Joe Fox was inside his house in Rockaway Beach, N.Y., looking out over at the happy children playing on the boardwalk, and he felt the same happiness he did two weeks ago, even though two weeks ago he had just come down with COVID-19.
“I found myself looking out the window, seeing people on the beach, walking by. I remember thinking ‘Wow, they’re so lucky, they’re not sick,’ because so many people in so many other places are,” said Fox, 63. “But that just got me in touch with, I guess, a feeling of empathy with those who are not overall healthy.”
It was his empathetic and caring nature that led Fox into a career of public service, as an NYPD transit chief and leadership coach, but Fox said he felt even deeper empathy at that point. He thought about what it must be like for a child confined to a wheelchair, or someone handicapped by a chronic illness.
“It was a very grounding feeling for me,” he said. “And it’s like a seed that’s been planted, and I don’t know where it’ll go yet.”
Fox has spent his life driven by a mission to do good, and since he started recovering, he has been brimming with ideas to give back.
“I’m going to do some research to see if I can help, whether it’s testing, or antibodies, even volunteering some place,” he said. “I feel like I’ve been almost gifted by having this, assuming that’s true I can’t have it again, now I’m less restricted in a way … that means I can possibly do things, maybe even go into hospitals.”
A Sudden Fever
Fox was out shopping on March 14 when he suddenly got a fever, and went directly home.
“It didn’t come on slow, that’s why I suspected this was it right away,” Fox said. Usually colds start out with a sniffle or a cough, but Fox felt his fever before his temperature even registered it. Half an hour later he took his temperature again. It had gone from normal to 101 degrees.
The fever lasted less than 24 hours, and then it was gone.
Fox went to his doctor and got tested the next day because he had underlying health issues and had asthma most of his life. He wasn’t able to get the test results quickly, and ended up needing to get tested at a lab a few days later where it was confirmed he had the CCP (Chinese Communist Party) virus, commonly known as novel coronavirus. Later, his initial hospital test came back positive as well.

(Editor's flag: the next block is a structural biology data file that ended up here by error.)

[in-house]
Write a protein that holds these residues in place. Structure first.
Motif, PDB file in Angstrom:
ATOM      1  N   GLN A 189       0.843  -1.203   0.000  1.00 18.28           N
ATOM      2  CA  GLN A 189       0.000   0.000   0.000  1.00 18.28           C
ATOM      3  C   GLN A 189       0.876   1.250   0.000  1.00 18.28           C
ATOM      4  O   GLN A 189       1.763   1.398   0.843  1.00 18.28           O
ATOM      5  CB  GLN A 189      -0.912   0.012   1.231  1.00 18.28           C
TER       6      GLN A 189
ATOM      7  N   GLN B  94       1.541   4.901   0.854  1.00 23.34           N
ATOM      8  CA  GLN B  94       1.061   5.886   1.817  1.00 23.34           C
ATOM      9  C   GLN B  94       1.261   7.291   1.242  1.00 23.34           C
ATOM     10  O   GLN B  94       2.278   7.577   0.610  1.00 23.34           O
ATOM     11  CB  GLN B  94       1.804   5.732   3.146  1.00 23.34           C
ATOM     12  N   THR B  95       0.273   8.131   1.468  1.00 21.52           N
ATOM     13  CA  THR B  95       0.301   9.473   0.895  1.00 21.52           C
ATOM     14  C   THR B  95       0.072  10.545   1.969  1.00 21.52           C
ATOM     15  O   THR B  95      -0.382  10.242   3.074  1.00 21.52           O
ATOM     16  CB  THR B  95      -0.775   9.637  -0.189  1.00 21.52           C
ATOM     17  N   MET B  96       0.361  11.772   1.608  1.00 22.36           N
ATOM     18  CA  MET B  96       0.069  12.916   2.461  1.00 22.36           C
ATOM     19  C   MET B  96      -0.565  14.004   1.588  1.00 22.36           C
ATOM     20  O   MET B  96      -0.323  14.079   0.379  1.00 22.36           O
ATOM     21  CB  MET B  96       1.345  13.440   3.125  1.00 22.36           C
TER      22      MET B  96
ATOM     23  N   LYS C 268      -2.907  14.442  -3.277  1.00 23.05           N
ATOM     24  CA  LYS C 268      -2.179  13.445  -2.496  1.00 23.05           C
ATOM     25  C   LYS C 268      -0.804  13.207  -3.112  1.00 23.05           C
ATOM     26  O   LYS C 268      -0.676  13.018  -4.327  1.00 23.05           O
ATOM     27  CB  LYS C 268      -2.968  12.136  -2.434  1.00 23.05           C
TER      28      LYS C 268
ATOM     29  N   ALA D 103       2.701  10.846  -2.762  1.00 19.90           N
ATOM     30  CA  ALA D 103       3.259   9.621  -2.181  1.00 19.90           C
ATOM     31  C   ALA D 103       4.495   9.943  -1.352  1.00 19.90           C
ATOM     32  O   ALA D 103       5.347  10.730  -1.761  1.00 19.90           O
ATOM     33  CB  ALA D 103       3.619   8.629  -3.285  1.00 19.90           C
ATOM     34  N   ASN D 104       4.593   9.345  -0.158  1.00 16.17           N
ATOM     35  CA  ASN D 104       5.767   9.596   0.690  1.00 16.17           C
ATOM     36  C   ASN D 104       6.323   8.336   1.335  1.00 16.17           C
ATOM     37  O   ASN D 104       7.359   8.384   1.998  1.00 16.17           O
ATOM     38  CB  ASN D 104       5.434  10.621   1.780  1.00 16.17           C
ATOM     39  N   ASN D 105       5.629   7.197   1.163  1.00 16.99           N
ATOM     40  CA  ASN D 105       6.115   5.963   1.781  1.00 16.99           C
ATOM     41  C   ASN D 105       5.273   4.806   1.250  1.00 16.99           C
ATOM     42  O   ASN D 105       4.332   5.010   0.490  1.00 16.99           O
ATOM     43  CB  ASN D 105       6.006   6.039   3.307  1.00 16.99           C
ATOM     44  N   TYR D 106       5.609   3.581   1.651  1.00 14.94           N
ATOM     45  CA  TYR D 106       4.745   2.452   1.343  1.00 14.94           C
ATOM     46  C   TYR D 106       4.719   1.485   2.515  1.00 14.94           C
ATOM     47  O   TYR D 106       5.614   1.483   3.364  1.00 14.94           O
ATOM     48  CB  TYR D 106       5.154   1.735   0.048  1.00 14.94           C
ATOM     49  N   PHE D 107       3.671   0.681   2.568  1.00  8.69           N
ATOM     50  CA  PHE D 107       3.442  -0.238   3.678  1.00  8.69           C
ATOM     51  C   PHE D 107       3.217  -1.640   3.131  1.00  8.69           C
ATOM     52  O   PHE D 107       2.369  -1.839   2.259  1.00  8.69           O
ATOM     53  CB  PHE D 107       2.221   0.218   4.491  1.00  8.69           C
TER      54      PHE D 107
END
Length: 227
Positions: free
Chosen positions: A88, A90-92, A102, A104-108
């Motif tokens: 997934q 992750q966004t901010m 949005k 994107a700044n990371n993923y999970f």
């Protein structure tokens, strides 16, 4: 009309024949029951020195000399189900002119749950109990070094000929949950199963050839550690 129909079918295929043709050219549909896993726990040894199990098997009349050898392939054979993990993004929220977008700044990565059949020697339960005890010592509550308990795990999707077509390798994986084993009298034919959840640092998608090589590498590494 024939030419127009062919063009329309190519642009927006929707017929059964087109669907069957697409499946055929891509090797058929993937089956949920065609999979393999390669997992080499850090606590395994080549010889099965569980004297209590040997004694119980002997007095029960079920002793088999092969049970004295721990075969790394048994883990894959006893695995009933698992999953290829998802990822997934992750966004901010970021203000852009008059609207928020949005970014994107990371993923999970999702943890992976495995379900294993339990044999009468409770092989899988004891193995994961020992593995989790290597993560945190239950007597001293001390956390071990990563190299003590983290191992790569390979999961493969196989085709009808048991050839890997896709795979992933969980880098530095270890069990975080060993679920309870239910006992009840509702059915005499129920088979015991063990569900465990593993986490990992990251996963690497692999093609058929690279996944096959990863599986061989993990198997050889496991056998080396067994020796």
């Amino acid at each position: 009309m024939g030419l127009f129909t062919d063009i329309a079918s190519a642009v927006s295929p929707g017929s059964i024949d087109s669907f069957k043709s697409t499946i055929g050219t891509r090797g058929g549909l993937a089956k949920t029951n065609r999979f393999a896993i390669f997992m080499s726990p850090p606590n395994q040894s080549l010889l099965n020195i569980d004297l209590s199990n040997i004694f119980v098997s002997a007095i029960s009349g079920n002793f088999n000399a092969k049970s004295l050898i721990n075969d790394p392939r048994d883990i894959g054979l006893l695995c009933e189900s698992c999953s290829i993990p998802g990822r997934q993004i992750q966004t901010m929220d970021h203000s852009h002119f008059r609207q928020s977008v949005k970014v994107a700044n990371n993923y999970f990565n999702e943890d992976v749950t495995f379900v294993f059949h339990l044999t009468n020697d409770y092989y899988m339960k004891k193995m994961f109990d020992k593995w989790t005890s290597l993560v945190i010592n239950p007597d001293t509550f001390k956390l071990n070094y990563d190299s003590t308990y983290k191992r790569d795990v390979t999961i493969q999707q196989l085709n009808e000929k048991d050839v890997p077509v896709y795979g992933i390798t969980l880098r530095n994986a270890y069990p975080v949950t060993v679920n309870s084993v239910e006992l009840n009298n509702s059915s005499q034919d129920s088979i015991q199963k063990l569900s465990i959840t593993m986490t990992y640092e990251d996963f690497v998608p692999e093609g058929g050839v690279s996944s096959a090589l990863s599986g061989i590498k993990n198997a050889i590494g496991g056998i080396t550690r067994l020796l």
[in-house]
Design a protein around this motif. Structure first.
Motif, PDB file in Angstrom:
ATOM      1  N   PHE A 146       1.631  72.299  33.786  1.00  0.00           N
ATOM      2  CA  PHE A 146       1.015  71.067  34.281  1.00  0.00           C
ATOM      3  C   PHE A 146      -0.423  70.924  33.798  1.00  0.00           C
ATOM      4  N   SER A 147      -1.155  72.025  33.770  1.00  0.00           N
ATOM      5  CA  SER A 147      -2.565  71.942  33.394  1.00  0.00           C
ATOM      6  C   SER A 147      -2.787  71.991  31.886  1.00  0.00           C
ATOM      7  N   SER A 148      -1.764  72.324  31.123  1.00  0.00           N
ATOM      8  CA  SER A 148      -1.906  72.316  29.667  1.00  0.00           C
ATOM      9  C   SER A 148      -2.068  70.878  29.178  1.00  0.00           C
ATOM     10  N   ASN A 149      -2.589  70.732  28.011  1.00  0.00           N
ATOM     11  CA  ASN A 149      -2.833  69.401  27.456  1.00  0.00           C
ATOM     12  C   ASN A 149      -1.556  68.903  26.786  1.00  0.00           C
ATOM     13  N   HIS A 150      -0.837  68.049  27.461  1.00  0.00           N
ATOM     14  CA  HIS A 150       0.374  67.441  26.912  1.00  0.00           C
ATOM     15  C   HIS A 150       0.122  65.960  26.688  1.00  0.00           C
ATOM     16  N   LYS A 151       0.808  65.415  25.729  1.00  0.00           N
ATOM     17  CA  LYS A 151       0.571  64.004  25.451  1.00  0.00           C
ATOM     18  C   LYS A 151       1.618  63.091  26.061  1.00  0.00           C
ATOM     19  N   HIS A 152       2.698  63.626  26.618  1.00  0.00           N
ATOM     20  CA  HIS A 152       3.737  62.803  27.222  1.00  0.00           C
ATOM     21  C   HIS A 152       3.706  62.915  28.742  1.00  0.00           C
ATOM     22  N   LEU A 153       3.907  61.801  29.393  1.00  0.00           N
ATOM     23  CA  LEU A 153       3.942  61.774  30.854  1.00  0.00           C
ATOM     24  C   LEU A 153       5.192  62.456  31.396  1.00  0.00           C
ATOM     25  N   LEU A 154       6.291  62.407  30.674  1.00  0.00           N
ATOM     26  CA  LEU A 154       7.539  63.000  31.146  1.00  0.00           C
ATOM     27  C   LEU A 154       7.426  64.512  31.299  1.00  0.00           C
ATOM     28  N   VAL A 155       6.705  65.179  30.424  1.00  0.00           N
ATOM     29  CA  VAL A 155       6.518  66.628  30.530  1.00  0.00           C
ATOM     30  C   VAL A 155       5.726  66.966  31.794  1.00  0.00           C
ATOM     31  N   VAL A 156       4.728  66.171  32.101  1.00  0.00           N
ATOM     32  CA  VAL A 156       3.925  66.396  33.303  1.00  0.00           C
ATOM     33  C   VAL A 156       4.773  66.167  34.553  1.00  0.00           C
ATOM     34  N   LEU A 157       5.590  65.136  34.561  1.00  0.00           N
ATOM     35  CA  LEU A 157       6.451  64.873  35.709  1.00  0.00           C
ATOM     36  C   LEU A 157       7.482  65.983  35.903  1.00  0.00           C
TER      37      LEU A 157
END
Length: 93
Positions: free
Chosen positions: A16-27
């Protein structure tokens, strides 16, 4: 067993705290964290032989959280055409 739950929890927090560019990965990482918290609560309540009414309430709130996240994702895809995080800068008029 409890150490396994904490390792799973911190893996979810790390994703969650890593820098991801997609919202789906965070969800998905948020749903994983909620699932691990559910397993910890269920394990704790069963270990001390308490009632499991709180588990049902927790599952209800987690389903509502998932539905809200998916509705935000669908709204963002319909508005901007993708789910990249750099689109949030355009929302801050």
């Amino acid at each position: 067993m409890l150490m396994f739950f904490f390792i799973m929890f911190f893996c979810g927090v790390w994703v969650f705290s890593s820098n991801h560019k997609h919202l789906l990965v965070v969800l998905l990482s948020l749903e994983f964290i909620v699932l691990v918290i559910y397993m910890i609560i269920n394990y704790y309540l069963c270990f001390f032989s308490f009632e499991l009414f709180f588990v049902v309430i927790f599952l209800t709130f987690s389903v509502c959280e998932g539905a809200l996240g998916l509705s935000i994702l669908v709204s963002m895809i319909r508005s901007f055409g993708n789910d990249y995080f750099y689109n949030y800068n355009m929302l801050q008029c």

Over the next few days, Fox experienced fatigue and fever on and off. He realized he must be one of the lucky ones, not having lost his sense of taste and smell or having body aches. Then about a week in, Fox started coughing so much he couldn’t even have a conversation, and then he got worried, because living alone he wondered whether he could call 911 himself if he needed to be hospitalized. Luckily, he was prescribed cough medicine, and that started to help. By day 13, Fox said he was starting to feel better.
“And then by day 14, I felt better, 110 percent myself,” Fox said.
“I feel a kind of relief that it’s behind me. But at the same time I feel very, very fortunate because it was not nearly as bad an experience as many people have had, I mean everything from death to hospitalization,” he said. “I’m hoping I can be more productive now, even more than I could have been before. I will be careful, but I think there are certain things I could do [with immunity].”
Fox took to social media to share his good news, and comments started pouring in.
He has been active on social media for a long time, and he knows that his posts will typically get at least five times more likes than comments, but when he shared his story of recovery, he got hundreds more comments than he normally sees.
There were well wishes, but there were also a lot of people expressing what Fox could only call fear.
“There’s a lot of emotions and feelings,” Fox said. The fear of the CCP virus itself—not just the virus—has become a life-or-death challenge in the minds of many, Fox explained, as we are projecting and treating it as such.
Don’t let your new normal be worse than the virus that caused it, he advised.
“That’s one of the reasons I wanted to make [my post] public, I wanted to be mindful of the people who are struggling. And people have died, but at the same time, [for] so many people who get this, and the experience is not life-threatening, and really not even life-changing,” Fox said. And he is correct; according to the Centers for Disease Control and Prevention, the vast majority of people recover without special treatment in roughly two weeks.
“There’s a fine line between crippling fear and due diligence,” he said. “I just want to suggest to them that they live their lives differently and carefully, but live their lives.”
He also hopes people will remember to practice self-care, as it’s one thing that helped him personally.
Maybe this means turning off the television so you don’t have to hear the same bad news for hours, or not going on social media that day so you don’t have to scroll through polarizing posts that only make you more upset.
“It’s as simple as knowing what’s good for you,” Fox said. But some of us are so deep into what’s bad for us—the media or habits that are making us sadder and sadder—that it becomes our new normal. For example, he said, if you stop eating fast food for six months, when you have it again you actually feel a little sick—because your body’s reaction is telling you this is bad for you. We don’t want to mute those natural responses.
This is not a new realization for Fox, who lost people during 9/11 and attends the memorials, and the reading of their names. But he doesn’t stay for the whole event or force himself to watch all the news about that tragic event.
“And so my advice is, don’t let this fear of this thing actually put you in a worse state of mind than if you were actually sick. Exercise self-care, as far as what we do with our time and what we expose ourselves to,” Fox said.